Marshall, Thomas

, an English divine, was born at Barkby in Leicestershire, about 1621, and educated there in grammar learning, under the vicar of that town. He was entered of Lincoln college, Oxford, in 1640; and, about the same time, being a constant hearer of archbishop Usher’s sermons in All-hallows church in that university, he conceived such a high opinion of that prelate, as to wish to make him the pattern of his life. Soon after, Oxford being garrisoned upon the breaking out of the civil wars, he bore arms for the king at his own charge; and therefore, in 1645, when he was a candidate for the degree of bachelor of arts, he was admitted to it without paying fees. Upon the approach of the parliamentary visitors, who usurped the whole power of the university, he went abroad, and became preacher to the company of English merchants at Rotterdam and Dort. In 1661, he was created bachelor of divinity; and, in 1663, chosen fellow of his college, without his solicitation or knowledge. In 1669, while he was at Dort in Holland, he was made doctor of divinity at Oxford; and, in 1672, elected rector of his college, in | the room of Dr. Crew, promoted to the bishopric of Oxford. He was afterwards appointed chaplain in ordinary to his majesty, rector of Bladon near Woodstock in Oxfordshire, in May 1680, and was installed dean of Gloucester on April 30, 1681. He resigned Bladon in the year 1682. He died at Lincoln-college in 1685. By his will he gave to the public library at Oxford all such of his books, whether manuscript or printed, as were not then in the library, excepting such only as he had not other-­wise disposed of, and the remaining part to Lincoln-college library; in which college also he fitted up the common room, and built the garden-wall.

He produced some writings; as, 1. “Observationes in Evangeliorum versiones perantiquas duas, Gothicas scilicet & Anglo- Saxonicas,” &c. Dordrecht, 1665. 2. “The Catechism set forth in the book of Common Prayer, briefly explained by short notes, grounded upon Holy Scripture/' Oxf. 1679. These short notes were drawn up by him at the desire of Dr. John Fell, bishop of Oxford, to be used by the ministers of his diocese in catechising their children. 3.” An Epistle for the English reader, prefixed to Dr. Thomas Hyde’s translation into the Malayan language of the four Gospels, and the Acts of the Apostles,“Oxf. 1677. 4. He took a great deal of pains in completing” The Life of Archbishop Usher,“published by Dr. Richard Parr, sometime fellow of Exeter college, Lond. 1686. Wood tells us,” that he was a person very well versed in books, a noted critic, especially in the Gothic and English- Saxon tongues, a painful preacher, a good man and governor, and one every way worthy of his station in the church; and that he Whs always taken to be an honest and conscientious puritan.“Dr. Hickes, in” The Life of Mr. John Kettlewell,“p. 3, styles him” a very eminent person in the learned world; and observes, that what he has published shewed him to be a great man.“Dr. Thomas Smith styles him also a most excellent man,” vir pra’stantissimus," and adds, that he was extremely well skilled in the Saxon, and in the Eastern tongues, especially the Coptic; and eminent for his strict piety, profound learning, and other valuable qualifications. 1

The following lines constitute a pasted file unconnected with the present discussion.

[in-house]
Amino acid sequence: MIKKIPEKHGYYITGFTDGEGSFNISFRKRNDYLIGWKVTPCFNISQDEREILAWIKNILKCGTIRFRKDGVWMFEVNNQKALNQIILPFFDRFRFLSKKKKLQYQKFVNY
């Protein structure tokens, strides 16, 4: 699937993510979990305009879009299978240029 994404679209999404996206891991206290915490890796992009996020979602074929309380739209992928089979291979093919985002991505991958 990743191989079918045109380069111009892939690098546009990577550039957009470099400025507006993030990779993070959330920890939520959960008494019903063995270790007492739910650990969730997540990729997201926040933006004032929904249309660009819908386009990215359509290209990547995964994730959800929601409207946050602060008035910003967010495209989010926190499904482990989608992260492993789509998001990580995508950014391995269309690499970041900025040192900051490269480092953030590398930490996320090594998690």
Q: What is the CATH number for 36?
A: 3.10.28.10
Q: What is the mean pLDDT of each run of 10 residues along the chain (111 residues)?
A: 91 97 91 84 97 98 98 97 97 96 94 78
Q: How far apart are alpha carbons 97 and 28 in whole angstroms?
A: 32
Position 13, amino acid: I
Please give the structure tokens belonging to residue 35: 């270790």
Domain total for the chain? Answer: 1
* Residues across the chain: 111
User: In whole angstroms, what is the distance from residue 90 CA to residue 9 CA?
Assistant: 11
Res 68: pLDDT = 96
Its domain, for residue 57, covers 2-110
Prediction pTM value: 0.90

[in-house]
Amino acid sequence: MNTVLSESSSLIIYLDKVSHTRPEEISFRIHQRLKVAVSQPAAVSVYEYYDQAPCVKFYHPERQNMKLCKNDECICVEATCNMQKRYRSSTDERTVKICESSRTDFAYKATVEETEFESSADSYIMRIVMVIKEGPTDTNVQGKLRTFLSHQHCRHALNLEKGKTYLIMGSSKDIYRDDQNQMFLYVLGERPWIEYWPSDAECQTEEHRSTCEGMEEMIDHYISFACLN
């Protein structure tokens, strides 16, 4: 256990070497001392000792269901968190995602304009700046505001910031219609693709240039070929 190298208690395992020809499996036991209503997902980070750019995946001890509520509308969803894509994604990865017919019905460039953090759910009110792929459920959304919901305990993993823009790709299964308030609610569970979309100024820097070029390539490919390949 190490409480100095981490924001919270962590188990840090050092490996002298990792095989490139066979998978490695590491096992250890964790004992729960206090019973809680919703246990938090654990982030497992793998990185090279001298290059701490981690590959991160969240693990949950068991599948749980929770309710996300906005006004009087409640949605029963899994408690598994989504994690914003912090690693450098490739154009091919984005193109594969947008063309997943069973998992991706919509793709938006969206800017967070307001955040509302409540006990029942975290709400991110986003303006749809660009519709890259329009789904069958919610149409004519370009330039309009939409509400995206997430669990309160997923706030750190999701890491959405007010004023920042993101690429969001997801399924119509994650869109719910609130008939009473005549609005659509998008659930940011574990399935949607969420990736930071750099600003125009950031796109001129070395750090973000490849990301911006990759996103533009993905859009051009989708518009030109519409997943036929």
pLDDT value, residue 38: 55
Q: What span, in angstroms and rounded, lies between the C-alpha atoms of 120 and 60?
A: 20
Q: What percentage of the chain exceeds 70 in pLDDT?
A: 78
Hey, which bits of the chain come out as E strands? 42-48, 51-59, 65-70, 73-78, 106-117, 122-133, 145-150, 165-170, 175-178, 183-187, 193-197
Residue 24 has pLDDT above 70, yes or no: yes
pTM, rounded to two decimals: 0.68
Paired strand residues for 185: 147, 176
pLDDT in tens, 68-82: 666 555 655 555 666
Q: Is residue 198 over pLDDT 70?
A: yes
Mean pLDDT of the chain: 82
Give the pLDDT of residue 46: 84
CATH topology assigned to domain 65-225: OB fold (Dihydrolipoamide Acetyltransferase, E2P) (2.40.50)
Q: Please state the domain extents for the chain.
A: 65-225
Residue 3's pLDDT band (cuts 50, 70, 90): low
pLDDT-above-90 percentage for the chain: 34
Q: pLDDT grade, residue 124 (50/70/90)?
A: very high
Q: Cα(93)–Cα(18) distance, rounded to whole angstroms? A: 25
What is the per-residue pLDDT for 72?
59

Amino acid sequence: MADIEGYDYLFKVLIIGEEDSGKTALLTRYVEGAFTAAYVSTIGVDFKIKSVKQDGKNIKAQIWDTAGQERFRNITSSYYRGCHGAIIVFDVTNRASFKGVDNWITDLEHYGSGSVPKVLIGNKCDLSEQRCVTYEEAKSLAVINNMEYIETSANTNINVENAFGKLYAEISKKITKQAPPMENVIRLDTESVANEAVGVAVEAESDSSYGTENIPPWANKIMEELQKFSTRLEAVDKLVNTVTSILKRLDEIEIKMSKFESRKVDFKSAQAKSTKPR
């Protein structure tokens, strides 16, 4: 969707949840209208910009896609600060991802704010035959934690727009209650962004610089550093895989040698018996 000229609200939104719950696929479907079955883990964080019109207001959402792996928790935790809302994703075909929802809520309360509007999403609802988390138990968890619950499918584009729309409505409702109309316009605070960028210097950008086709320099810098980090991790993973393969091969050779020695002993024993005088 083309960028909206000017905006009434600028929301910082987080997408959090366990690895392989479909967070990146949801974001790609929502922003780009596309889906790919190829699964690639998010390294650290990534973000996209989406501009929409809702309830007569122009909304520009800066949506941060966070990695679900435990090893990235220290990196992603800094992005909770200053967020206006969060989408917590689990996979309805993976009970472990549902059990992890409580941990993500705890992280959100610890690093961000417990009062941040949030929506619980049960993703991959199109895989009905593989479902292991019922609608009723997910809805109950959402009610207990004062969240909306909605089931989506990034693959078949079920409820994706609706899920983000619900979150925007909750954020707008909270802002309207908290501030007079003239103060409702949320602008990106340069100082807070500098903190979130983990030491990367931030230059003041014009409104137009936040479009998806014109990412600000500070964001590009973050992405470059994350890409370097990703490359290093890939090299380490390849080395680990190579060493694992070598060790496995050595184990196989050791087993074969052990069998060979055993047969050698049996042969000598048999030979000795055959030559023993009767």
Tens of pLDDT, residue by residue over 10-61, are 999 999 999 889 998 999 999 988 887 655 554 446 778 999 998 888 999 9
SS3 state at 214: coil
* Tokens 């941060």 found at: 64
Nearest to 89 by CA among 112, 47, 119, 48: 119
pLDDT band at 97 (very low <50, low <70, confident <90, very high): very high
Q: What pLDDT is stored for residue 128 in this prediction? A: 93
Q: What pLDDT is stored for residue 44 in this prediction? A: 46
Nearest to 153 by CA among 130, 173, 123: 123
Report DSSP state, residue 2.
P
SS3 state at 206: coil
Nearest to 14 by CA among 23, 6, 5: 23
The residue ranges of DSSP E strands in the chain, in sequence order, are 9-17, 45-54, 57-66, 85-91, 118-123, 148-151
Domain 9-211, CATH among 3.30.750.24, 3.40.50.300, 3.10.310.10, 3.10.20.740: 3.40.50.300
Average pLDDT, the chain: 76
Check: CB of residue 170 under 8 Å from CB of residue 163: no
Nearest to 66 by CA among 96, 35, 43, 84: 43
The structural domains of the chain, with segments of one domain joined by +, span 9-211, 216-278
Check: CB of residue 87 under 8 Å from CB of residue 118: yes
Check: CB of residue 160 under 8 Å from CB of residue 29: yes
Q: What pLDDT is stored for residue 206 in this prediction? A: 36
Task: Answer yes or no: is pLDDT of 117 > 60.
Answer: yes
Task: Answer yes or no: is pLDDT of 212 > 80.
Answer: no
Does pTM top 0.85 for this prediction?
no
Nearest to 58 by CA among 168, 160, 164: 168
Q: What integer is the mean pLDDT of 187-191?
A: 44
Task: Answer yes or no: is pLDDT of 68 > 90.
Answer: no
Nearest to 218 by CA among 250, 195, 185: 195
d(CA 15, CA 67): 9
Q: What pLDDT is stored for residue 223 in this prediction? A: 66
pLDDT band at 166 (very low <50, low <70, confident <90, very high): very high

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Ath. Ox. vol. II. Gen. Dict. Biog. Brit. vol. VI. p 4076, note N. N.